Photo courtesy of Guillaume Ziccarelli
Mel Ziegler’s “A Living Thing: Flag Exchange” opened on September 6, 2017 in New York City’s historic Federal Hall. Curated by Hesse McGraw, the showing hangs US flags from public and private locations like schools, homes, and hospitals collected from each of the 50 states.
From 2011 to 2016, Ziegler traveled all over the country to collect each flag by taking the distressed ones and replacing them with newer versions. Each flag collected also has its respective state name embroidered on it. The exhibition perfectly encapsulates the spectrum of our allegiance to the American flag and the various meanings people ascribe to it.
Some people love and respect this flag and its positive attributes symbolizing opportunity and possibility, while for others throughout the world, it is a nationalist symbol for imperialism. What Ziegler hopes to convey is a sense of community wherein he “presents a hopeful and direct image of these United States of America, one that is grounded in conversation with people unlike ourselves.”
Embroidery details. Photo courtesy of Guillaume Ziccarelli
The exhibition’s location in Federal Hall, the United States’ first capitol building under the newly minted Constitution and where George Washington was inaugurated in 1789, makes a powerful statement that seeks to find the common ground amongst rampant division.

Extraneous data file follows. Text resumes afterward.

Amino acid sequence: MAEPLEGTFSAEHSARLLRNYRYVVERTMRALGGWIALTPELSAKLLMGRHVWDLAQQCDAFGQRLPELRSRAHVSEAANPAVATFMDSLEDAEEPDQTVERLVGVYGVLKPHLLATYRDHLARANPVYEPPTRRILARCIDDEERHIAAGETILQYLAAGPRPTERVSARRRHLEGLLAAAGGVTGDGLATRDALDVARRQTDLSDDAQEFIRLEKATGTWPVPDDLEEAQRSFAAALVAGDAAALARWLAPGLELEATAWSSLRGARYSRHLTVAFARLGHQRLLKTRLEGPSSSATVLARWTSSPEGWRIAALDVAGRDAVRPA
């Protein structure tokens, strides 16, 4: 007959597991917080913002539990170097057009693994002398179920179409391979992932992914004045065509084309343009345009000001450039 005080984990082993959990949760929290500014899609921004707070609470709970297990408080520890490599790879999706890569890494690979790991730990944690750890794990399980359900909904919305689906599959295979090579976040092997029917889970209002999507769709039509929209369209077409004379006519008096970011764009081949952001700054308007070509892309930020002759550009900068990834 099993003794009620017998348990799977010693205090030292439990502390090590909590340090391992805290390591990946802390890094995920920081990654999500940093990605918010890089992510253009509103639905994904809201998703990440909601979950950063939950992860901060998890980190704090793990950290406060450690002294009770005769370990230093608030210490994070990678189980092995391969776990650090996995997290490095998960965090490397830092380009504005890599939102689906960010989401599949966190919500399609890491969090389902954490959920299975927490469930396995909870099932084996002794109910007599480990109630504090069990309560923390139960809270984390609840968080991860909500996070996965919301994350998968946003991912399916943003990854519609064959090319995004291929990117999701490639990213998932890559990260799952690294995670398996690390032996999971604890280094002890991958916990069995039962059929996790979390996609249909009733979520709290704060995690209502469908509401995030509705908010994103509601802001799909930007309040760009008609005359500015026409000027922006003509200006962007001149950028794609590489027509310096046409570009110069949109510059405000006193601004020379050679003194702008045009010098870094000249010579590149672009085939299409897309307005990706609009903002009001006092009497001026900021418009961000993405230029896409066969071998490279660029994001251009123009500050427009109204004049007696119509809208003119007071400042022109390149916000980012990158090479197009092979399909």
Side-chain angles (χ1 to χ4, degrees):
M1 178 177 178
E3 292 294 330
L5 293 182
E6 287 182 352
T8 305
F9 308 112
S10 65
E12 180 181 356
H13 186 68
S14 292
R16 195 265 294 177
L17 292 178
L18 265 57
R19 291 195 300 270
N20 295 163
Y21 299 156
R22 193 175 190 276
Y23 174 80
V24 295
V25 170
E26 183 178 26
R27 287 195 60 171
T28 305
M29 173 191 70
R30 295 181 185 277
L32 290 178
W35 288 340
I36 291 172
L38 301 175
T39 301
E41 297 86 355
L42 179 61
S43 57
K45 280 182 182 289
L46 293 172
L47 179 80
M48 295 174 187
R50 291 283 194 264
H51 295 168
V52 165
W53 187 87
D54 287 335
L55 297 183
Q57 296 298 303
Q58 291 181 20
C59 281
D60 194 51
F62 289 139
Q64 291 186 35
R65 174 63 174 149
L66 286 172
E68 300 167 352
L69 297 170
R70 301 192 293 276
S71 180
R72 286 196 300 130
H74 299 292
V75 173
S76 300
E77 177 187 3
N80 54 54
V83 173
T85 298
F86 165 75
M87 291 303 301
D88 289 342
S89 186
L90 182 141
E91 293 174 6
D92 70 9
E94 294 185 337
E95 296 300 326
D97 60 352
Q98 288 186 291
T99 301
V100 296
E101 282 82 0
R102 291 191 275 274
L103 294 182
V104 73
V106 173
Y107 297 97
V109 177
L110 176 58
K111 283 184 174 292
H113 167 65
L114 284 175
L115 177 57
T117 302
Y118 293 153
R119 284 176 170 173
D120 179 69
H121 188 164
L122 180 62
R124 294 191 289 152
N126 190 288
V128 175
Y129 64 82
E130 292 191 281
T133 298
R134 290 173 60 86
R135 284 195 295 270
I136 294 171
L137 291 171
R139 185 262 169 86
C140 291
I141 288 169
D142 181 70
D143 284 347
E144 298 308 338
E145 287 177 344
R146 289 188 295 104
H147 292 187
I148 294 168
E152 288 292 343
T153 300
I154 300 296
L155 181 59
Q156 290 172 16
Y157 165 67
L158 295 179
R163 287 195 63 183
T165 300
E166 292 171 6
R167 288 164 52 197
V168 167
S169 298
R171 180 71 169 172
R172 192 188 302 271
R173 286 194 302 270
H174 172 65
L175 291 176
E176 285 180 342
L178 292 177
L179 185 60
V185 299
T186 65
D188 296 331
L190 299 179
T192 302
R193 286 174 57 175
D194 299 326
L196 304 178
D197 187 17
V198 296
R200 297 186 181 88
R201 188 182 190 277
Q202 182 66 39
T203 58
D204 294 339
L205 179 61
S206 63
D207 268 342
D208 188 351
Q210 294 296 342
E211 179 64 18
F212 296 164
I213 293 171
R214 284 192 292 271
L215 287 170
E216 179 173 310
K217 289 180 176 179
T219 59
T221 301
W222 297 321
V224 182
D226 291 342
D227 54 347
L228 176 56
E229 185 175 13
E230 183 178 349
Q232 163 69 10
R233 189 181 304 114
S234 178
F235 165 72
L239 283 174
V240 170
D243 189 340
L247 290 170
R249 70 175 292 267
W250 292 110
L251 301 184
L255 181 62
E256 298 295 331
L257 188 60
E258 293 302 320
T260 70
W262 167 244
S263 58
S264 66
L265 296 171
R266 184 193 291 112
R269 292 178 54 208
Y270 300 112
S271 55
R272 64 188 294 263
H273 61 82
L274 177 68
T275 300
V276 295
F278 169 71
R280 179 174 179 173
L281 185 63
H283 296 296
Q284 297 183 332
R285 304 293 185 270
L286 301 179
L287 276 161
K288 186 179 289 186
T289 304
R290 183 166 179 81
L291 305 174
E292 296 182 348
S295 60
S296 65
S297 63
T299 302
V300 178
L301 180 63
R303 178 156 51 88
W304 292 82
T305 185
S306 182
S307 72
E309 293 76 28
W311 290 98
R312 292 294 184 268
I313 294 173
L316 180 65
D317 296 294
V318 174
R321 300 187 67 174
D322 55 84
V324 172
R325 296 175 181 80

In an interview with Artnet News, Ziegler explained he started his work when he questioned why the flag was revered so much: “I was curious about the fact that we as a country fly the flag so much.” Though he is careful to note the exhibition is not meant to be an expression of nationalism or patriotism, rather, “I’m trying to be neutral.”
Mel Ziegler is an artist from Campbelltown, Pennsylvania, and he currently lives in Nashville where he is the Paul E. Schwab Professor of Fine Art at Vanderbilt University. With his longtime partner, the late Kate Erickson, they create influential site-specific installations that focus on mapping trajectories, questioning history, and highlighting the specificity of places and communities.
“Flag Exchange” has also been exhibited in The Frances Young Tang Teaching Museum and Art Gallery in Saratoga Springs, New York in 2016 and at the San Francisco Art Institute’s Walter and McBean Galleries earlier this year.
The exhibition is located at 26 Wall Street, in Manhattan’s Financial District, and will be on view through November 10, 2017.
Next, check out The Top 11 Secrets of NYC’s Federal Hall and our Guide to 10 NYC Locations in Hamilton: The Musical.